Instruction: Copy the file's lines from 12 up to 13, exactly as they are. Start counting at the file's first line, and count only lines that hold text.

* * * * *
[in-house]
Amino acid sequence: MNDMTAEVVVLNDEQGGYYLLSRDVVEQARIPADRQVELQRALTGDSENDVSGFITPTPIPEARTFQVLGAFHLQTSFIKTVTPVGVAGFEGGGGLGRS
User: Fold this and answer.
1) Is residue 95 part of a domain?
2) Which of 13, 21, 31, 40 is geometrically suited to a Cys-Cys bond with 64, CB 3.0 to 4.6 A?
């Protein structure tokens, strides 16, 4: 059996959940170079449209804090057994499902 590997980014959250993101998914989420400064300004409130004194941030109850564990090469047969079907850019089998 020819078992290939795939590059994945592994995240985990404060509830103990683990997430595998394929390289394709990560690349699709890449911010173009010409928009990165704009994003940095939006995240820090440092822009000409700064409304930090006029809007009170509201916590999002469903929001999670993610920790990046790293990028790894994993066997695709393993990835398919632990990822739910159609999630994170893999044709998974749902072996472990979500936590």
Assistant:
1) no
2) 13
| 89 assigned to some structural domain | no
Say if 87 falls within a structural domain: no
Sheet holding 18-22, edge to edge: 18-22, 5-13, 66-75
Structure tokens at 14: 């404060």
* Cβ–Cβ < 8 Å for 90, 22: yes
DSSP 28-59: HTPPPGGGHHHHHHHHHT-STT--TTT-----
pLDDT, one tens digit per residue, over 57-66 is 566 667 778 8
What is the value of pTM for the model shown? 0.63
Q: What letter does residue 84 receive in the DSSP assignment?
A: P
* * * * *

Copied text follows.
Sheet holding 18-22, edge to edge: 18-22, 5-13, 66-75
Structure tokens at 14: 């404060």